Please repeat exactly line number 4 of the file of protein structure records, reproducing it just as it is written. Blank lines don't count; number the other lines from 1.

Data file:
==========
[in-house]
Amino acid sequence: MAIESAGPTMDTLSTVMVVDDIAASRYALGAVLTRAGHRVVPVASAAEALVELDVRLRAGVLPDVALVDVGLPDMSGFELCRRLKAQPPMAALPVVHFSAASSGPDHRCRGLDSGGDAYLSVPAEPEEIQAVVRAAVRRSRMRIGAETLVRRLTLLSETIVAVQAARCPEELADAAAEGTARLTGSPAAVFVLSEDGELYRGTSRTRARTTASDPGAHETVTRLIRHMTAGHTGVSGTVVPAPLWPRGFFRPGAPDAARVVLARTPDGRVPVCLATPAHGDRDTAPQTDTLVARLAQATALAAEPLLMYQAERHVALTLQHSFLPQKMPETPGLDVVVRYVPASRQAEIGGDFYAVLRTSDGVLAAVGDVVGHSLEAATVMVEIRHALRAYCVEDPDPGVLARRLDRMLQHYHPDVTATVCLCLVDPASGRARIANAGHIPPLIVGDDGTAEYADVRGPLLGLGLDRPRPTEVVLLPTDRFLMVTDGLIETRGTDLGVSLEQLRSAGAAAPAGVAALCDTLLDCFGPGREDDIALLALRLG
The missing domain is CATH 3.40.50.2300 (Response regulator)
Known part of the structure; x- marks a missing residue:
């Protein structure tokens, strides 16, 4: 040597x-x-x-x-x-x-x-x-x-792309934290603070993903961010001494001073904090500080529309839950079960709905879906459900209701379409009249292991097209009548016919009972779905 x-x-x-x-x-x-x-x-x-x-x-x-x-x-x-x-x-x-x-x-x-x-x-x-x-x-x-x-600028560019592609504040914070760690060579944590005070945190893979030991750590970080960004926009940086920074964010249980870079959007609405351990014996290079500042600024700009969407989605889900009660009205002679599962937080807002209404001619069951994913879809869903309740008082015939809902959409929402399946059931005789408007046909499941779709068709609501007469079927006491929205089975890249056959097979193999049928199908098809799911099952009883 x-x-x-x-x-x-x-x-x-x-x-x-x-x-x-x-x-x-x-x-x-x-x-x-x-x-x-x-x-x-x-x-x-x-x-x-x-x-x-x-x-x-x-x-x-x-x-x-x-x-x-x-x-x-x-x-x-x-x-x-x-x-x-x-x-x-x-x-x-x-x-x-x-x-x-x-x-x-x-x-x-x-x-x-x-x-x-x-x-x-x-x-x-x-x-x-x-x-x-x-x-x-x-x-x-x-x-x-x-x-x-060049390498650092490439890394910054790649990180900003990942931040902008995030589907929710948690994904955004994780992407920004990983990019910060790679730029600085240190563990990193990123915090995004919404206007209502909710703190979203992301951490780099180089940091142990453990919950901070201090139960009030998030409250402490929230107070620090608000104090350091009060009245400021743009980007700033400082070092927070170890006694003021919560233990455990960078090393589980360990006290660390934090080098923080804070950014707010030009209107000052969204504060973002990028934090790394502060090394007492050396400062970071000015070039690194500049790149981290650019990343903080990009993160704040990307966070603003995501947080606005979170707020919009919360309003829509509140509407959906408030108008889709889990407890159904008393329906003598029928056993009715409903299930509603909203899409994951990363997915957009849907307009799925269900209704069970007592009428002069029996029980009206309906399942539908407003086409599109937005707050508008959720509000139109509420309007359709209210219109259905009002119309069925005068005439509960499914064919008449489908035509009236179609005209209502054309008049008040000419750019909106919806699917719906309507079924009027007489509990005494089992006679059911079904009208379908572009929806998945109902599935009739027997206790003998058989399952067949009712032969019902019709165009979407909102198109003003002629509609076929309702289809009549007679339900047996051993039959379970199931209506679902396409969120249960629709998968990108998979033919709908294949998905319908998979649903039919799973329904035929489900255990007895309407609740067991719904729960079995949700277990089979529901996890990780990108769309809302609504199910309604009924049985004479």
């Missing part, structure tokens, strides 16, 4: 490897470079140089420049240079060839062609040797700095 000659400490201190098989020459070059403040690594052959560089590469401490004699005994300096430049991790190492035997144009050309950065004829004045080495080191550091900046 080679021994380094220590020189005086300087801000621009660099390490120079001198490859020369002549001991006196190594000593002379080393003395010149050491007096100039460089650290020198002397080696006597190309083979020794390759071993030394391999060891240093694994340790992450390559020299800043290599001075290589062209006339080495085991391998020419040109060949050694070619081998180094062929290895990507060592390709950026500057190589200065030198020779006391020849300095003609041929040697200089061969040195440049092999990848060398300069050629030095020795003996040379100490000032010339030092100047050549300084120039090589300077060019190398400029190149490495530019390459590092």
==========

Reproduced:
Known part of the structure; x- marks a missing residue: